The Maker Move­ment has emerged, evolved and is now thriv­ing not only in the US, but inter­na­tion­ally, as well as here at Right­point. I and my fel­low mak­ers — entre­pre­neurs, inven­tors and tin­ker­ers, all — exhibit curios­ity, adven­ture and intel­lec­tual engage­ment, craft­ing inno­v­a­tive solu­tions to often-complicated prob­lems. For us, mak­ing often requires not only col­lab­o­ra­tion, but the intrin­sic drive to shape the world rather than merely let­ting it hap­pen around you.

Here’s how we’re shap­ing the world. Come along for the ride:

I’ve writ­ten before about how proac­tive Right­point is in cre­at­ing its envi­rons and cul­ture. The real­iza­tion and inter­nal encour­age­ment of Rightpoint’s maker spirit is the next step of this con­scious cre­ation. But let’s back it up a step: what is the Maker Movement?

Dale Dougherty coined the term “maker” as we use it today in the con­text of the Maker Move­ment, and as he puts it in We Are Mak­ers, a great video intro­duc­ing the Maker Move­ment: “the whole world becomes our can­vas.” It’s expe­ri­en­tial, a drive to try it your­self, hands-on, rather than be told some­thing does or doesn’t work. You make mis­takes but recover faster, and in the process (again, as put in the video): “broaden your selec­tion of hammers.”

Here at Right­point, we’re con­stantly broad­en­ing our selec­tion of ham­mers and mak­ing sure we’re not just bang­ing away at every­thing that looks like a nail. Part of that is try­ing new tech­niques, such as Google Design Sprints or our PEDL pro­gram or col­lab­o­ra­tive sketch­ing, along with test­ing the sci­ence behind happy expe­ri­ences, cre­at­ing phys­i­cal prod­ucts like Pour­cast, and so on. We’ve broad­ened into prod­ucts that cut across dis­ci­plines and along the way, each of us ends up learn­ing and aggre­gat­ing expe­ri­ence from those other disciplines.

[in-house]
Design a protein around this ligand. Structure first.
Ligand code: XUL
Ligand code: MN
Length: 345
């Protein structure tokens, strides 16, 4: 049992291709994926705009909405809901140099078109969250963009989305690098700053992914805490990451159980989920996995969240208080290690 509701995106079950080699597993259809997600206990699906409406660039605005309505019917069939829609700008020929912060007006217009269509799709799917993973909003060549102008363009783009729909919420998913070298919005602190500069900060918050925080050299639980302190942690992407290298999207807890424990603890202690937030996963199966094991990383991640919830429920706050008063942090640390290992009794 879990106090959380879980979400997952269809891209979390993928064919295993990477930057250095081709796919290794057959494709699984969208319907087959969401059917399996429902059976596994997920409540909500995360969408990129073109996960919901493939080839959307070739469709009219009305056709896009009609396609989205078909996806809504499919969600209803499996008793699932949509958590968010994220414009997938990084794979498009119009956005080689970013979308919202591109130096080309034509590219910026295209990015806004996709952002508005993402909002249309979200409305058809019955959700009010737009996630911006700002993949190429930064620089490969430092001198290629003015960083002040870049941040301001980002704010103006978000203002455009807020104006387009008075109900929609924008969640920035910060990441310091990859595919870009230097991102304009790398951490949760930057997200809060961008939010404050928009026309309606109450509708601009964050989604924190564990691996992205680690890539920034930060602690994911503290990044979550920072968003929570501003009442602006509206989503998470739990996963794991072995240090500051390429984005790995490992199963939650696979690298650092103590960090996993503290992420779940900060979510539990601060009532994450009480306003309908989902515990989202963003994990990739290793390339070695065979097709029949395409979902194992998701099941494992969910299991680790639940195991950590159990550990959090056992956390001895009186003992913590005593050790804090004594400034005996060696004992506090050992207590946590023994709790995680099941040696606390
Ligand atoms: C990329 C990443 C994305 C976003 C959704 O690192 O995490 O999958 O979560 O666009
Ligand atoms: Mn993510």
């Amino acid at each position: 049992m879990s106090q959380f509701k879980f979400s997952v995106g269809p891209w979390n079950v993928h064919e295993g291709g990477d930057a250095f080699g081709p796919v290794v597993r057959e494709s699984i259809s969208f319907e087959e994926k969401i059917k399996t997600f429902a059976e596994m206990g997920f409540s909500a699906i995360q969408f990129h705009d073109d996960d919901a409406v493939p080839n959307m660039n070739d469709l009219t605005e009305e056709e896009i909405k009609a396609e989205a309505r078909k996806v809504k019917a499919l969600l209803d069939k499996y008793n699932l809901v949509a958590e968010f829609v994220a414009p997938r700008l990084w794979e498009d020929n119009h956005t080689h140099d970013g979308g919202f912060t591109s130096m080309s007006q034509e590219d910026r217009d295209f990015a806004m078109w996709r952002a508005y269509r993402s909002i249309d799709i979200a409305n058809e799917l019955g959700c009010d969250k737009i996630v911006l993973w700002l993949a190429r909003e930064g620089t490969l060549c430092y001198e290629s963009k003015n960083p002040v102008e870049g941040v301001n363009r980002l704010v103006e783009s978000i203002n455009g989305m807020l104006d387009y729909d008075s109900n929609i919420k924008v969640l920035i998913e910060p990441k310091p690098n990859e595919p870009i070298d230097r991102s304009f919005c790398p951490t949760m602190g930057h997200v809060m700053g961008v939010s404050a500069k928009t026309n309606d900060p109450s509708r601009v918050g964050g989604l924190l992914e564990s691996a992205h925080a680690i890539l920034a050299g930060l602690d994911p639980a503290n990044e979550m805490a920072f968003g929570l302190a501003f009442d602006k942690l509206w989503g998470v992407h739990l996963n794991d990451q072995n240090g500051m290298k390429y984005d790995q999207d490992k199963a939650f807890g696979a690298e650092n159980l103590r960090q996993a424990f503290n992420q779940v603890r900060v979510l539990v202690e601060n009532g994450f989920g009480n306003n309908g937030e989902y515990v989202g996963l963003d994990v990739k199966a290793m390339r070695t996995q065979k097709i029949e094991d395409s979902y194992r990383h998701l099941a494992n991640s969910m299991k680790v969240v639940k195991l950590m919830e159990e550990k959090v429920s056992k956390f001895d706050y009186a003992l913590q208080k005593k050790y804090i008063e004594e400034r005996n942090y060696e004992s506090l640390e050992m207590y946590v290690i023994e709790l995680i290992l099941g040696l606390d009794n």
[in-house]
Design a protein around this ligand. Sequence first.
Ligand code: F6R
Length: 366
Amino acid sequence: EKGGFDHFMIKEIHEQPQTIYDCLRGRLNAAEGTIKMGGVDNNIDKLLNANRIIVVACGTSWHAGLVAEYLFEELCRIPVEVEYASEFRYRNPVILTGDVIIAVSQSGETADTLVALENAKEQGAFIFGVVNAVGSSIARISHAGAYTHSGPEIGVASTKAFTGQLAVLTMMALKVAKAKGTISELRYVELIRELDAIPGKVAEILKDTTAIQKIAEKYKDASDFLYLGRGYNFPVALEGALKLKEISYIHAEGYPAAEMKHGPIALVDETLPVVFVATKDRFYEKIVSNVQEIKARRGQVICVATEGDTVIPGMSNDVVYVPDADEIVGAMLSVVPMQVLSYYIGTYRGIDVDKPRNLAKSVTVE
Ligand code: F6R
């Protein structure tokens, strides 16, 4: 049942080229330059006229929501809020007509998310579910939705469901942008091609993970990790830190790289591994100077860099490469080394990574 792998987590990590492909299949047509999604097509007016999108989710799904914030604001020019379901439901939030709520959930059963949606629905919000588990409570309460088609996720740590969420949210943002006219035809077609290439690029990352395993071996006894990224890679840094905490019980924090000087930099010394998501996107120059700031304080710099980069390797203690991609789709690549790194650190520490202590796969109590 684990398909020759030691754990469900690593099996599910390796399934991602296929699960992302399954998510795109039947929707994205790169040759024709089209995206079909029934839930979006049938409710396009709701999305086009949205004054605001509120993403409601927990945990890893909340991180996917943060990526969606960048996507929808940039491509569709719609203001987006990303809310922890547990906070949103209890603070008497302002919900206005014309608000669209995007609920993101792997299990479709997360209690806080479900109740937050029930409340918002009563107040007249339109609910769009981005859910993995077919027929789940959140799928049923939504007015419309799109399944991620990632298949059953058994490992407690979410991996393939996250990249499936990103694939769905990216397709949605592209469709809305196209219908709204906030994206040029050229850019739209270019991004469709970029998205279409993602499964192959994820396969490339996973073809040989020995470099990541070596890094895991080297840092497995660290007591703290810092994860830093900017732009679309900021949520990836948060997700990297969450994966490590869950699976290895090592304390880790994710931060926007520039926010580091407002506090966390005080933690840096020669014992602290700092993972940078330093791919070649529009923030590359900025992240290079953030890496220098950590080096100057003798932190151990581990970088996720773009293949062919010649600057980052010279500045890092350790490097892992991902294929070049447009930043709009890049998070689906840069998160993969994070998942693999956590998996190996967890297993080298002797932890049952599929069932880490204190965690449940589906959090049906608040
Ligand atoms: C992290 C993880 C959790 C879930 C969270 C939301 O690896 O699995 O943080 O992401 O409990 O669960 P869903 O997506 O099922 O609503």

In that same video, Allan Chochi­nov explains a tenet of design con­sult­ing — that cre­at­ing some­thing very quickly earns trust and makes progress. As soon as you give peo­ple some­thing to react to, reach­ing its essence becomes more clear. Part of that tenet is why we have a 3D printer for the office — espe­cially since once we were mak­ing physical-digital crossover prod­ucts like Pour­cast and Room Nin­jas, phys­i­cal rapid pro­to­typ­ing became much more important.

I would argue that rapid pro­to­typ­ing, test­ing, and hav­ing a prod­uct (rather than project) mind­set as Ross explains here absolutely makes you a maker. But it turns out the bar is even lower than that. As Dale puts it, in order to get involved in the Maker Move­ment, you “join it by just say­ing ‘I’m a maker and here’s what I do’.”

And: We. Are. Makers.

Now that you’ve got­ten this far: my disclaimers-slash-qualifications, with more hyphens to come. I’ve been involved in the Maker Move­ment since 2009 to a larger or lesser degree over time. My involve­ment has been almost entirely in Chicago, though I’ve vis­ited mak­er­spaces in places as close as Detroit and as far-flung as Copen­hagen — along with Århus if we’re counting.